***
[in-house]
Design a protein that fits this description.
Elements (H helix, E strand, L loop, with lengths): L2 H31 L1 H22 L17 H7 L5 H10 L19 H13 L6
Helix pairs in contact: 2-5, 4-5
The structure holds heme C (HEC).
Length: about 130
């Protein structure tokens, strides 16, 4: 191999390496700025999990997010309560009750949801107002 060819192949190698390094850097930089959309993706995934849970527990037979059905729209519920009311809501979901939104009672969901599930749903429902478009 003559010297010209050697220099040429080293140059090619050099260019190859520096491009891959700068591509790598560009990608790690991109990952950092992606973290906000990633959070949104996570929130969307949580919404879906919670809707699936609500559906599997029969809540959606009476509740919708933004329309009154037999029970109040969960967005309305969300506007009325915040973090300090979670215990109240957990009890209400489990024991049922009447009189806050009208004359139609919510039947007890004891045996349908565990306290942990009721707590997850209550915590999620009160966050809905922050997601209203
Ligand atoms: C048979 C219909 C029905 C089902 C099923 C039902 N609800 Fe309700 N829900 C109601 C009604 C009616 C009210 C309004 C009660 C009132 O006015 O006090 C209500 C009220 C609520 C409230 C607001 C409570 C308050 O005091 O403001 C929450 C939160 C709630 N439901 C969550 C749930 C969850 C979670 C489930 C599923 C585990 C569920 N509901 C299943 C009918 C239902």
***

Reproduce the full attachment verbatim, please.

[in-house]
Design a protein that fits this description.
Elements (H helix, E strand, L loop, with lengths): L2 H31 L1 H22 L17 H7 L5 H10 L19 H13 L6
Helix pairs in contact: 2-5, 4-5
The structure holds heme C (HEC).
Length: about 130
């Protein structure tokens, strides 16, 4: 191999390496700025999990997010309560009750949801107002 060819192949190698390094850097930089959309993706995934849970527990037979059905729209519920009311809501979901939104009672969901599930749903429902478009 003559010297010209050697220099040429080293140059090619050099260019190859520096491009891959700068591509790598560009990608790690991109990952950092992606973290906000990633959070949104996570929130969307949580919404879906919670809707699936609500559906599997029969809540959606009476509740919708933004329309009154037999029970109040969960967005309305969300506007009325915040973090300090979670215990109240957990009890209400489990024991049922009447009189806050009208004359139609919510039947007890004891045996349908565990306290942990009721707590997850209550915590999620009160966050809905922050997601209203
Ligand atoms: C048979 C219909 C029905 C089902 C099923 C039902 N609800 Fe309700 N829900 C109601 C009604 C009616 C009210 C309004 C009660 C009132 O006015 O006090 C209500 C009220 C609520 C409230 C607001 C409570 C308050 O005091 O403001 C929450 C939160 C709630 N439901 C969550 C749930 C969850 C979670 C489930 C599923 C585990 C569920 N509901 C299943 C009918 C239902």